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Tuesday, January 8, 2013

Marmaduke's First Missouri Raid and the Second Battle of Springfield

The year 1863 started with a bang in Missouri. On December 31, 1862, Confederate Brigadier General John Sappington Marmaduke rode out of Arkansas at the head of 3,000 cavalry to hit Union supply lines.

For the first few days, they rode in three separate columns through the sparsely populated Ozarks without the Union command being any the wiser. That changed on January 7 when the rebels fell upon Union outposts at Ozark and Fort Lawrence. Most of the garrison managed to flee. Some of the supplies were taken away or burned, and some fell into Marmaduke's hands.

That same evening Brig.-Gen. Egbert Brown, pictured here, was alerted. He was based in Springfield, the Union's base of operations for southwestern Missouri. He heard Marmaduke was coming straight for him with 6,000 men. For some reason Union reports consistently overestimated rebel numbers and this led to much unnecessary panic and retreating.

Not so with Gen. Brown. He decided to stick, even though he only had 2,100 men, many of them untested militia and a "Quinine Brigade" of convalescents from the military hospital; and five cannon, three of them on slapped-together mountings of old wagon wheels. The town was surrounded by four forts. Even though none were completed they were better than nothing.

Marmaduke desperately wanted the supplies stored in Springfield. All three of his columns were supposed to attack the town on this date, but only two showed. Col. Porter, with 800 men, didn't make it on time, thus Marmaduke was attacking an entrenched position without numerical superiority.

The rebels attacked at 10 a.m., advancing steadily under the cover of their three cannon. Brown had ordered the houses in that area burned to afford the defenders a clear field of fire and soon the battle was on in earnest. The rebels probed to the south and west of town, both sides ordering charges and countercharges that got pushed back.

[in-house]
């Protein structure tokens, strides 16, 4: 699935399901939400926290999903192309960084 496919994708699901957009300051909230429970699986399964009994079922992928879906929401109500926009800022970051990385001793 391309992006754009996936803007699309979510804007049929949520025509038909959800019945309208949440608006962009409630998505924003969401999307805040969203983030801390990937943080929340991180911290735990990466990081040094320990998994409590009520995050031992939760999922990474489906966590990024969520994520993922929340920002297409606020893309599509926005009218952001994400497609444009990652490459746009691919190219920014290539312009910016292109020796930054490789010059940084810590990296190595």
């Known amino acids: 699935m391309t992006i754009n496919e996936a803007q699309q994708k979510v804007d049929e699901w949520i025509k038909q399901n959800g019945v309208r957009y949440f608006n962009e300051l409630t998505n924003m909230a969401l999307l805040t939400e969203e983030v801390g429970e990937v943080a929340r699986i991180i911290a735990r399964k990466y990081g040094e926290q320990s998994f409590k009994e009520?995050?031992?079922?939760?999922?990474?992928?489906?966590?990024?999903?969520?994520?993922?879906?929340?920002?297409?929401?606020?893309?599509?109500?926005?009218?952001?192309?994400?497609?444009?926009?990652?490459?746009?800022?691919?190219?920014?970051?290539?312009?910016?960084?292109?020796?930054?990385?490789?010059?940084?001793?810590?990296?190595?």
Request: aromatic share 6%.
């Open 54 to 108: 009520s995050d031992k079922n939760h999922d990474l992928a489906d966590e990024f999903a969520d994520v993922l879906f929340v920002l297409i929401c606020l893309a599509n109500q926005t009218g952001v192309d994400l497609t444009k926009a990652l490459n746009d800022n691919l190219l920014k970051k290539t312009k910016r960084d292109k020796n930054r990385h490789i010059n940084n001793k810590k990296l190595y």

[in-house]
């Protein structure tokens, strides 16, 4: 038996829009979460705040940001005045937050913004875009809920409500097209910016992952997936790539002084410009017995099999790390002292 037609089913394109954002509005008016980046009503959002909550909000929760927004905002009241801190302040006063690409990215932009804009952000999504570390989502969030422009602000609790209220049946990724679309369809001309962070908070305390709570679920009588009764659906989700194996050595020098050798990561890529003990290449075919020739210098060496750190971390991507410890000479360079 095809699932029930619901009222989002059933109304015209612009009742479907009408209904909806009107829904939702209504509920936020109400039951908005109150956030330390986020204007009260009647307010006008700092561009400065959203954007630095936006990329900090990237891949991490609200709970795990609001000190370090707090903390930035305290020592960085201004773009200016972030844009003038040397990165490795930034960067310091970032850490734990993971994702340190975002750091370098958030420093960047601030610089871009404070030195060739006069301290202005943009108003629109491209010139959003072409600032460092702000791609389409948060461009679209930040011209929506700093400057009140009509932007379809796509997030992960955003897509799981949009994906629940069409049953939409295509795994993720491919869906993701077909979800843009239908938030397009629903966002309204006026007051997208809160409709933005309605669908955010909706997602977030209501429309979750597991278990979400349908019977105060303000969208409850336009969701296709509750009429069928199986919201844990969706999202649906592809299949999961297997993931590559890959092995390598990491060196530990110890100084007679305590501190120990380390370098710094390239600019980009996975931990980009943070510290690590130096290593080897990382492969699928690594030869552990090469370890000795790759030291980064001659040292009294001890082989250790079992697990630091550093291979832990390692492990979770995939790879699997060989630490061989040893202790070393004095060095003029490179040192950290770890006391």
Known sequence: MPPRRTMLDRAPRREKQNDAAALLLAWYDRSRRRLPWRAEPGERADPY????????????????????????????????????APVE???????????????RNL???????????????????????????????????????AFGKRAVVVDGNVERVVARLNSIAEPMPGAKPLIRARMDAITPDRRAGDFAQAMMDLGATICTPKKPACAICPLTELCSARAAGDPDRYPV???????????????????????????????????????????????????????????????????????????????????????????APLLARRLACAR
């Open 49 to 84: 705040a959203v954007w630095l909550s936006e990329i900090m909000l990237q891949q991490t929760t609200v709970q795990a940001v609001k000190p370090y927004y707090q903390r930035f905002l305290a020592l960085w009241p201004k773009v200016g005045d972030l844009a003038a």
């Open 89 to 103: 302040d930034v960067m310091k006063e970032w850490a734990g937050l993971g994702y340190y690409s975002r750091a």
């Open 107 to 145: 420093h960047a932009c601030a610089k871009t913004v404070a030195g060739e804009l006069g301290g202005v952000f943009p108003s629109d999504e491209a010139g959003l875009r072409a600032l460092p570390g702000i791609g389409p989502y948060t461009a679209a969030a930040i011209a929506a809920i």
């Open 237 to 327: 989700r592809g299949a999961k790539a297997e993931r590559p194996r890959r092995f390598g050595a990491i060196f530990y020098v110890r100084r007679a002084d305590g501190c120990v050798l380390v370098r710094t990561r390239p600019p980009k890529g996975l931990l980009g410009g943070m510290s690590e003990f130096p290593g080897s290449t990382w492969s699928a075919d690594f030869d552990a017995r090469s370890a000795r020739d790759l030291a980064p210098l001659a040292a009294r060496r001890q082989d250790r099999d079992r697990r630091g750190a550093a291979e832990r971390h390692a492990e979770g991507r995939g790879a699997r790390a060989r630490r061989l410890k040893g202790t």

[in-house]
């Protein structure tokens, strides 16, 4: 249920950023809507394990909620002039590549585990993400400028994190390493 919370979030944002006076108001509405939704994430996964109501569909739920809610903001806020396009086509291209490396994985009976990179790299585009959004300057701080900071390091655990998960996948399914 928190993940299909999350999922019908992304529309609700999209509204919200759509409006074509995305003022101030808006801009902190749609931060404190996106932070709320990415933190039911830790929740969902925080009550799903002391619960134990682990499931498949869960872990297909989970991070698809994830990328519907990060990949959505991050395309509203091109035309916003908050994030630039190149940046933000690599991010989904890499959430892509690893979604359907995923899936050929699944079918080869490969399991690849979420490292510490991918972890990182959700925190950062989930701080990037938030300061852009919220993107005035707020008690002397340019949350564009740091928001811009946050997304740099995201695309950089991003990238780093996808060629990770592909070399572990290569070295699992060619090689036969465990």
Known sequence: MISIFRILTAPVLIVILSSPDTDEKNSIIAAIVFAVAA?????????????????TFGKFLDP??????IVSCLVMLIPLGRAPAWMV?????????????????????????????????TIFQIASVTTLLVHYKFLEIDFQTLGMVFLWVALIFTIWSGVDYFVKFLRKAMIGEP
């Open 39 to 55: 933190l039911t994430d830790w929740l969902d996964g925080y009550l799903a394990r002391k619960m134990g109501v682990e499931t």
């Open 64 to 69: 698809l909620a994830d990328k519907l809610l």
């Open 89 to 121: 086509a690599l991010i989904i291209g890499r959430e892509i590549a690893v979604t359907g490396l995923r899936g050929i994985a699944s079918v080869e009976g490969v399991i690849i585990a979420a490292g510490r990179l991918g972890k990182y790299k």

The worst fighting came in the western part of town, where the rebels managed to take one of the forts and several houses. One of the Union cannons was positioned too far forward and was also taken.

The Union troops, including the "Quinine Brigade" charged though the streets to push them back and came under a withering fire from the houses. Gen. Brown got a bad wound in the shoulder and was carried from the field. Brown and at least one of his officers believed he was shot not by one of the rebel soldiers, but by a secessionist civilian in one of the houses on the Union side of the line.

The Union troops fell back, rallied, and tried again. The fighting became hand-to-hand, with Americans stabbing at Americans with bayonets, or clubbing them to death with the butts of their rifles. Shadows lengthened as the fighting raged in the streets.

As the sun sank in the west, the rebels began to slink out of town. They had lost about 80 killed, 200 wounded, and 12 missing; the Union lost 30 killed, 195 wounded, and 6 missing. The next day Marmaduke decided not to renew the attack. The Battle of Springfield was over.

It was the second time the city had been touched by the war, the first being on October 25, 1861 when in a short sharp fight the Union took the city. Marmaduke was beaten, but his raid continued. We'll be getting back to his adventures later this week.

Photo courtesy Wikimedia Commons.

1 comment:

  1. One of the theories for the Jan 8th attack is that the Confederates were wanting to attack a Union armory as revenge for the previous Union attack on the armory in Pea Ridge, Ark. When the Confederates hit Springfield, they met more resistance than expected due to the 72nd regiment under the leadership of Springfield residents, Col. Henry Sheppard and Lt. Col. Fidelio S. Jones.


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